Manufacturers Have Much to Gain From Big Data Analysis

In addition, IDCMI predicts that big data initiatives will remain one of the top priorities for the manufacturing sector in the foreseeable future.

However, when compared to other industries, manufacturers seem to be on the trailing edge of this development rather than the leading edge. That’s not surprising given the huge IT and factory-infrastructure investments that can be required to tap into the business-transformative power of seemingly infinite loads of data about manufacturing functions.

“When compared to other industries, manufacturers seem to be trailing in big data analysis rather than being on the leading edge of this trend.”

There are some manufacturers, such as Caterpillar, who are taking the plunge and leading the way. One example is Caterpillar. It’s “Cat Connect” network, for example, connects Caterpillar’s customers to dealers. “It monitors everything our machines are doing, so engineers can see whether it has a high exhaust gas temperature or is running low on oil—all the things the engineer needs to know to run that machine in his fleet more efficiently,” Chairman and CEO Doug Oberhelman told Chief Executive’s Smart Manufacturing Summit audience in May.

The difficulty of tapping into big data is compounded in some processing environments where extreme variability is a fact of life even after lean techniques have been applied, McKinsey & Co. consultants say. So companies in these industries need a more granular approach to diagnosing and correcting process flaws—an approach provided by advanced analytics.

Operations managers can take deep dives into historical process data, identify patterns and relationships among discrete process steps and inputs, and then optimize the factors that prove to have the greatest effect on yield, according to McKinsey.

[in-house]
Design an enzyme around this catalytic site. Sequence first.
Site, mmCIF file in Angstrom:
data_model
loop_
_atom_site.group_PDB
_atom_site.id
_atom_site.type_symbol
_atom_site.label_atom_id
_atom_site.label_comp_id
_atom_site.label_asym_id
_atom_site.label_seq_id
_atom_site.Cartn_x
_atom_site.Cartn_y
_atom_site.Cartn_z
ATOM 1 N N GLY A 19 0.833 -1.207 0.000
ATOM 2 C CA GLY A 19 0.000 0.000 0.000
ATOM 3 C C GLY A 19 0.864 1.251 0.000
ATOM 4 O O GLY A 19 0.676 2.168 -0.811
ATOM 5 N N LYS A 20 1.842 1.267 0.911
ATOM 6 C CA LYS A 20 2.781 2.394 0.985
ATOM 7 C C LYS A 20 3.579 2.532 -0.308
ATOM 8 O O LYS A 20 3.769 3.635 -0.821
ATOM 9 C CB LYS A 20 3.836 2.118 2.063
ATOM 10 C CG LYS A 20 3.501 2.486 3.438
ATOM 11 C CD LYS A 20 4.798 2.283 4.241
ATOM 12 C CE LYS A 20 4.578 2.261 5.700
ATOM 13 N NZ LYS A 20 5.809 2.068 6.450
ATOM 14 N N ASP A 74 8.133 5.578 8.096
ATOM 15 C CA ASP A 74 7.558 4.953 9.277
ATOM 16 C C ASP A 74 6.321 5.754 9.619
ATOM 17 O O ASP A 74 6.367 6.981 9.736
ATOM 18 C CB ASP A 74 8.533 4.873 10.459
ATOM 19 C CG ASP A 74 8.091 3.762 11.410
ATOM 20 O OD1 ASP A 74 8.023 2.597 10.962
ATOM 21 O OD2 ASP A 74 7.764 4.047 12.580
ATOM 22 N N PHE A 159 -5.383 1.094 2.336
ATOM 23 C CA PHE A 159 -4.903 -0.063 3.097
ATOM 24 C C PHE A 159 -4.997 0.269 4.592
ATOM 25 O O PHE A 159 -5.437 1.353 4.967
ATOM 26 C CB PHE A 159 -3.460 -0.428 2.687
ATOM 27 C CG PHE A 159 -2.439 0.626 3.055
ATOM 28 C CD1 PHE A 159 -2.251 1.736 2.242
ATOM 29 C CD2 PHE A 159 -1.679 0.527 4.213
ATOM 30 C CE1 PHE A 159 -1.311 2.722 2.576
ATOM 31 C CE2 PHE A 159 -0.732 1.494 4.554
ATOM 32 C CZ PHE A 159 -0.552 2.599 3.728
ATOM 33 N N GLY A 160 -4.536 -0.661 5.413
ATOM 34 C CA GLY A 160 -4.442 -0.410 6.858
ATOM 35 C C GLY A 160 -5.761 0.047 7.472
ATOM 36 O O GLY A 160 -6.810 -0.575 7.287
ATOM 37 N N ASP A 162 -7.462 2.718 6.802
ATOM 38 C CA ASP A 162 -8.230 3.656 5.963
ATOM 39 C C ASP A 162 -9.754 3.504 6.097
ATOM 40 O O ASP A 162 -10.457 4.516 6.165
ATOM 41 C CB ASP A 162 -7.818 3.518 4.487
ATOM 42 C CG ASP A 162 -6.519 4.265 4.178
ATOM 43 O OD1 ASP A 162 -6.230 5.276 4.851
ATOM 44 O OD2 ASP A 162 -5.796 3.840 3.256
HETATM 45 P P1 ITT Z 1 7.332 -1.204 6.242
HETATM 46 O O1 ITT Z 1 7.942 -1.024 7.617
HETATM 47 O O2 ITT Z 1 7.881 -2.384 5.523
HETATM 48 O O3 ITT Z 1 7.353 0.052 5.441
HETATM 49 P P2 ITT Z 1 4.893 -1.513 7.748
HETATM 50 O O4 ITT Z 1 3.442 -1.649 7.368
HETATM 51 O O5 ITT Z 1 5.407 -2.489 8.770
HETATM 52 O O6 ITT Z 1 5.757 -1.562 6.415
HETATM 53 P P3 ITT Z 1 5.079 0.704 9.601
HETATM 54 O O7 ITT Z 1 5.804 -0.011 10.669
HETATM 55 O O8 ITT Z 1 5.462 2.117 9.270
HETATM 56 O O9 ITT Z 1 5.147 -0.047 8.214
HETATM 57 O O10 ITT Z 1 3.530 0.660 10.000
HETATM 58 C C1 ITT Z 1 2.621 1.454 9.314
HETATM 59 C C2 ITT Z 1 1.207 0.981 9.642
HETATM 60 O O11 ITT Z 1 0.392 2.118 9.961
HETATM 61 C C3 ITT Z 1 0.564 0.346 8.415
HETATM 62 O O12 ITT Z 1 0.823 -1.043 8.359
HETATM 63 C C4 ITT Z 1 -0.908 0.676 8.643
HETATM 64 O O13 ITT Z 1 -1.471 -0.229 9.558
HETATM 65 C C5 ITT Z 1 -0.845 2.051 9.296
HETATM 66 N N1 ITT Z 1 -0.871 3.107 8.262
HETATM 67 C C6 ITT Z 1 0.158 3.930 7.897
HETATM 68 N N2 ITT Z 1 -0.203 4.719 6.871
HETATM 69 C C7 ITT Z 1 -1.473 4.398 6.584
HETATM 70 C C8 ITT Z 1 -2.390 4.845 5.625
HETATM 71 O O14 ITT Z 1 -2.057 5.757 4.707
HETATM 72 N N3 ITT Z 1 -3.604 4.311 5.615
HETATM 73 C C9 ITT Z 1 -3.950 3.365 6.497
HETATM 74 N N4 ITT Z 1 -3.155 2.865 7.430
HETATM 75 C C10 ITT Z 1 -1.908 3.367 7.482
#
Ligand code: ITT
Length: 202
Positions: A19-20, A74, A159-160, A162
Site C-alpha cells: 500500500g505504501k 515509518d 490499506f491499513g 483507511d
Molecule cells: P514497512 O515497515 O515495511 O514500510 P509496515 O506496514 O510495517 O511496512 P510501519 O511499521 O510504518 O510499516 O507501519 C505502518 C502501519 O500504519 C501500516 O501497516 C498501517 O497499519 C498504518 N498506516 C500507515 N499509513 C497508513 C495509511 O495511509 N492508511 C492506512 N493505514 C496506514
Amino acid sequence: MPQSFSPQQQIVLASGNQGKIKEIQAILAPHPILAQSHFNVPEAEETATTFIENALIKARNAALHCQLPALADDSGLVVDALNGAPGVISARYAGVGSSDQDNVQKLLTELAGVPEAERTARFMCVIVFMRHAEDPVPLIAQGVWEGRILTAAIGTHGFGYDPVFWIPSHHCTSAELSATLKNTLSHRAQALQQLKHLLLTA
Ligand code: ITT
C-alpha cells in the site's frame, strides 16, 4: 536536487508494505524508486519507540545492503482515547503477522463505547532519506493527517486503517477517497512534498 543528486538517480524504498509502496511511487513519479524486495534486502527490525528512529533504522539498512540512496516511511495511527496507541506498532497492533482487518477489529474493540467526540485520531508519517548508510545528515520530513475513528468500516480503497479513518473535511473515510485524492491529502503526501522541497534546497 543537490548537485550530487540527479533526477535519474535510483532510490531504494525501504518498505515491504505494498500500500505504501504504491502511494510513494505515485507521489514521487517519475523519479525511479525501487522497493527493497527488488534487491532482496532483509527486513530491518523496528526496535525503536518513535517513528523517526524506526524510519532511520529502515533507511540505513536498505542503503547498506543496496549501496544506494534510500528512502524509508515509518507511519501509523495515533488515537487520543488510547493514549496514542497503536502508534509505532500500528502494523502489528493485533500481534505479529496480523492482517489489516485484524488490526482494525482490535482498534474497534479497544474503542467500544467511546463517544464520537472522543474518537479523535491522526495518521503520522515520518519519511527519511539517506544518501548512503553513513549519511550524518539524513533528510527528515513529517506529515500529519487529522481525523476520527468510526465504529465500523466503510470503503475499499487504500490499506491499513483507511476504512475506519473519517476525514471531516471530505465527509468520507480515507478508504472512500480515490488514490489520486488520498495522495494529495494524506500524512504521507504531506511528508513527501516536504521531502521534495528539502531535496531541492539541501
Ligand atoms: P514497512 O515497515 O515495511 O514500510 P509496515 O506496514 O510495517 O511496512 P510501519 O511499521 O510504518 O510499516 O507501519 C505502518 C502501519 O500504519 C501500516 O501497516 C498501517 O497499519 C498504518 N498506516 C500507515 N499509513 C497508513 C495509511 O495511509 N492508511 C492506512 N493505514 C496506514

“As manufacturers think about big data, they should focus more on the analysis end than the capturing end.”

For example, one big pharma company is using advanced analytics to significantly increase its yield in vaccine production while incurring no additional capital expenditures, by crunching data about its manufacturing processes and how they impacted yield—and then making targeted process changes.

General Motors’ current recall crisis has had the automaker pressing for ways it can predict potential safety problems and patterns earlier. One promising avenue could be to tap into the massive diagnostic data that already exists in GM’s OnStar system—its digital and connected infotainment platform that has been gathering information on the function of connected vehicles for 18 years.

Subscribers who receive OnStar’s monthly diagnostic emails about their own vehicles see a few dozen of these measurements, but GM has them all, The New York Times noted. The company could analyze that data, looking across thousands or even millions of vehicles in search of safety problems. For now, however, GM remains tight-lipped about any big-data applications it may be making to engineering and manufacturing challenges with the OnStar data.

As manufacturers think about big data, they should focus more heavily on the analysis end than the capturing end, as capturing and storing data is the easy part. Finding valuable and usable insight in a timely fashion and then putting it to good use is the key to achieving increased revenue streams.


Dale Buss :Dale Buss is a long-time contributor to Chief Executive, Forbes, The Wall Street Journal and other business publications. He lives in Michigan.